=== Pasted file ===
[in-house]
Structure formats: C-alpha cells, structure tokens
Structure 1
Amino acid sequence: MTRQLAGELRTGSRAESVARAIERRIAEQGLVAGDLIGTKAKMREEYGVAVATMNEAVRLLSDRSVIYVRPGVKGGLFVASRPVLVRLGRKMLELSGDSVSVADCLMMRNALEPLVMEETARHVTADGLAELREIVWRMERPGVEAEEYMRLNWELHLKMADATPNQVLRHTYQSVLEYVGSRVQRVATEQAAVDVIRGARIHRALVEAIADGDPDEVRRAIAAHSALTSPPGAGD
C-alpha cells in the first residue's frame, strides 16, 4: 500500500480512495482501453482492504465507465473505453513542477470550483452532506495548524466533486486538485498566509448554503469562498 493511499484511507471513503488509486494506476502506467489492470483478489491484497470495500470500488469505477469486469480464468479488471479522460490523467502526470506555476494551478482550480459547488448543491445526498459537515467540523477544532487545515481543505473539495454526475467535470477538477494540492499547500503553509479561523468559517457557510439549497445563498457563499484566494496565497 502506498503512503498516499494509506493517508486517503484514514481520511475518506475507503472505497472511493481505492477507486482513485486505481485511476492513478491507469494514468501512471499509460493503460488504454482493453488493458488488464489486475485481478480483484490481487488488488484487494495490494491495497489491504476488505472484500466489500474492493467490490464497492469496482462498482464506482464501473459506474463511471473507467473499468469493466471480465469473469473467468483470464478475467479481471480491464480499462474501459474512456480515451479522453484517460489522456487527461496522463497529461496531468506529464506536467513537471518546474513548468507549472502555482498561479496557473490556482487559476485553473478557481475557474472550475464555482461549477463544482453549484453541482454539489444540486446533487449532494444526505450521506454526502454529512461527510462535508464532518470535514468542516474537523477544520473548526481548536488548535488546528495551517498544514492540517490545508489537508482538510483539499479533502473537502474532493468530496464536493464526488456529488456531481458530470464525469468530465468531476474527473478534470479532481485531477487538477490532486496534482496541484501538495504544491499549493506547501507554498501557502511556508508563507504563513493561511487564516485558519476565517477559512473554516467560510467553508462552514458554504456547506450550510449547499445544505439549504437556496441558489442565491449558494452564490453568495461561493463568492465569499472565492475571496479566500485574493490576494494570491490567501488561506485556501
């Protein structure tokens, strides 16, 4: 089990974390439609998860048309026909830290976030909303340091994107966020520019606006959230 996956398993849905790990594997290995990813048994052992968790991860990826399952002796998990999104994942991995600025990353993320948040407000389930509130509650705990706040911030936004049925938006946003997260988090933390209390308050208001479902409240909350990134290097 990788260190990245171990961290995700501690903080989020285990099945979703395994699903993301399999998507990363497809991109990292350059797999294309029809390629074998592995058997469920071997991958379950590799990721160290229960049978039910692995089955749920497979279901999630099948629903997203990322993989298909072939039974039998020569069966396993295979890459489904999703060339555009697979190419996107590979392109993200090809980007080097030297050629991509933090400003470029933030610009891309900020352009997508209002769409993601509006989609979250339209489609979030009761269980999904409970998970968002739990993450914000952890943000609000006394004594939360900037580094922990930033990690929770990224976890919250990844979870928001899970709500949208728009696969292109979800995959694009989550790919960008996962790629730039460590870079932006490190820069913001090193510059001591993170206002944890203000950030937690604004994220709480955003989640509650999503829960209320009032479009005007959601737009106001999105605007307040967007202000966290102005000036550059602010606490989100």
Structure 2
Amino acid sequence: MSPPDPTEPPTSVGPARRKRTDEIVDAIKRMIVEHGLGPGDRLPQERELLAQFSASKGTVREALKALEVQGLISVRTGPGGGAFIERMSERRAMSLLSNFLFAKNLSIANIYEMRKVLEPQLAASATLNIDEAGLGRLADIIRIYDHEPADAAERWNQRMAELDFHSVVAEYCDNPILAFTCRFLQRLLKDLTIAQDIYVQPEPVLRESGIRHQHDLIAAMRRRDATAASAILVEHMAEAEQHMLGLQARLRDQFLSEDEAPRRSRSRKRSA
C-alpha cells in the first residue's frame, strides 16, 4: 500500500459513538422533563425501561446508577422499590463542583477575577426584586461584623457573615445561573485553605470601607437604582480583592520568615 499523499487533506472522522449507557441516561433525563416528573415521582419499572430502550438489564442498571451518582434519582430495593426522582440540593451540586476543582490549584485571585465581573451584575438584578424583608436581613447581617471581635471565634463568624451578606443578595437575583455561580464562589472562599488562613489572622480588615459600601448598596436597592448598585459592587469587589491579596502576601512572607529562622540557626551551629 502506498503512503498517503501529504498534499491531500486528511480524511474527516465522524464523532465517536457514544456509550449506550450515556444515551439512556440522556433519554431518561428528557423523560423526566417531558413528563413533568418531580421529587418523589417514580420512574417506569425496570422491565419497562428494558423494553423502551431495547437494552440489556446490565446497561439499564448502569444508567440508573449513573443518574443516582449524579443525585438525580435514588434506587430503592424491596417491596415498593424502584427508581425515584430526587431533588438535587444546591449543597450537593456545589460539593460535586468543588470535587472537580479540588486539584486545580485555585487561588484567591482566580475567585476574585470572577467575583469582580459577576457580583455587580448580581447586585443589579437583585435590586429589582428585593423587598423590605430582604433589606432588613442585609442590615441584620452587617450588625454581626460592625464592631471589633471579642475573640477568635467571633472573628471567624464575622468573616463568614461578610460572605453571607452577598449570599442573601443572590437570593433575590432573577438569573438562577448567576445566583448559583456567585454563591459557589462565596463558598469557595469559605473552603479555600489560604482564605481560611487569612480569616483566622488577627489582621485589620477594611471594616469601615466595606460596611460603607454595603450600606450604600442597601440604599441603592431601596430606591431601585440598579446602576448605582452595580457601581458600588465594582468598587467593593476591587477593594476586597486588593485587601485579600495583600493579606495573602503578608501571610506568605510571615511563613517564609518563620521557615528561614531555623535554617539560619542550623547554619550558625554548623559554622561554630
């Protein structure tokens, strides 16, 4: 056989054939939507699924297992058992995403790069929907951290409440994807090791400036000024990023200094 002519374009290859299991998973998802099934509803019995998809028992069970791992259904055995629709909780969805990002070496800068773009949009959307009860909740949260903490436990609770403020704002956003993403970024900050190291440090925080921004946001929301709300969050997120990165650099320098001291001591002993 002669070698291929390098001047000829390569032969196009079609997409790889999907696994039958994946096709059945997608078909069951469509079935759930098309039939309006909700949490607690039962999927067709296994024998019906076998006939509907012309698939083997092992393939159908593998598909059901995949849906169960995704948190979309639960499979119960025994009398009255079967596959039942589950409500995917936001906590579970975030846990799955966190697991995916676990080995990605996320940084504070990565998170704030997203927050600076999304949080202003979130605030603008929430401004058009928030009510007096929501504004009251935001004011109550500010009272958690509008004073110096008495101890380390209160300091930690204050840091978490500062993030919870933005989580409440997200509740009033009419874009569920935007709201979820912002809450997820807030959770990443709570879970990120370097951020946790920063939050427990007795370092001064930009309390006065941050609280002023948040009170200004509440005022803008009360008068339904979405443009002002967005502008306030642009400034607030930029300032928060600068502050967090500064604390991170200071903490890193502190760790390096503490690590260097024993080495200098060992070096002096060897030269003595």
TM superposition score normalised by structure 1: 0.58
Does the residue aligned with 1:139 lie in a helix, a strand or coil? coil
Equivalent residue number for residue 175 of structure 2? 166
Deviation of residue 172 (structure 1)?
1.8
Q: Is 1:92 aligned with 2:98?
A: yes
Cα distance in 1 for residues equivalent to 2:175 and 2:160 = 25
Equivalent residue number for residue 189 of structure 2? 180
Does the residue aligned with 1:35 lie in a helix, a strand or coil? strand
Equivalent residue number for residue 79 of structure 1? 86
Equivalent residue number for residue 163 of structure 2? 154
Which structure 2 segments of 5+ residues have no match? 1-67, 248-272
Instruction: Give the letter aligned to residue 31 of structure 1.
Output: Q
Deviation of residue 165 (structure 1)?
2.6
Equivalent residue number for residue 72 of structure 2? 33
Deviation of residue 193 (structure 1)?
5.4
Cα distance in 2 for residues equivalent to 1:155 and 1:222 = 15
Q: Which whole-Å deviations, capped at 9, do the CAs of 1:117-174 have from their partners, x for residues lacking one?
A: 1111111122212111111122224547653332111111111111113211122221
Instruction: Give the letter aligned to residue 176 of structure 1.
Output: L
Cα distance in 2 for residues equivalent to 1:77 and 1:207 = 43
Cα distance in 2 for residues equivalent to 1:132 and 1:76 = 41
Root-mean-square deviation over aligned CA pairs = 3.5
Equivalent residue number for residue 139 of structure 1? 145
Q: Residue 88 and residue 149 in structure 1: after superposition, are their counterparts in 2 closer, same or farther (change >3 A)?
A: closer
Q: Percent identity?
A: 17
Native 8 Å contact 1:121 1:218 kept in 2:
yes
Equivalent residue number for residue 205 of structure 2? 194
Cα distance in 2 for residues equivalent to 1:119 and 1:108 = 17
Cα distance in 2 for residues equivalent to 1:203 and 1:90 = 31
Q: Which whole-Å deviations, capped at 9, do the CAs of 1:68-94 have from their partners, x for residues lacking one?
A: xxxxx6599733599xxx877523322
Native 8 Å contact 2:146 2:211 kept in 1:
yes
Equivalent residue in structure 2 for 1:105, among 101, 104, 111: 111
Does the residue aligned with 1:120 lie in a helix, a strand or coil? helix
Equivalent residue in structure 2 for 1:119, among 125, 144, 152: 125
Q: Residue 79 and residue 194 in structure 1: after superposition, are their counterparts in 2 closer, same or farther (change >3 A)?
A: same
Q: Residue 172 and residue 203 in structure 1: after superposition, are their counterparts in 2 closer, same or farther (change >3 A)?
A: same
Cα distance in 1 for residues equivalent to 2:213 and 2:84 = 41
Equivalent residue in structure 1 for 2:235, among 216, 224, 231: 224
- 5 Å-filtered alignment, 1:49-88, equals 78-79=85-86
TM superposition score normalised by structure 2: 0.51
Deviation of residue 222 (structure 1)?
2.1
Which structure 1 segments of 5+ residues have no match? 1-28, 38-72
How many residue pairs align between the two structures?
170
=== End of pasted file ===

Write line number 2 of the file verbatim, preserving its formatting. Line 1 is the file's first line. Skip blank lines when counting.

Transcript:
Structure formats: C-alpha cells, structure tokens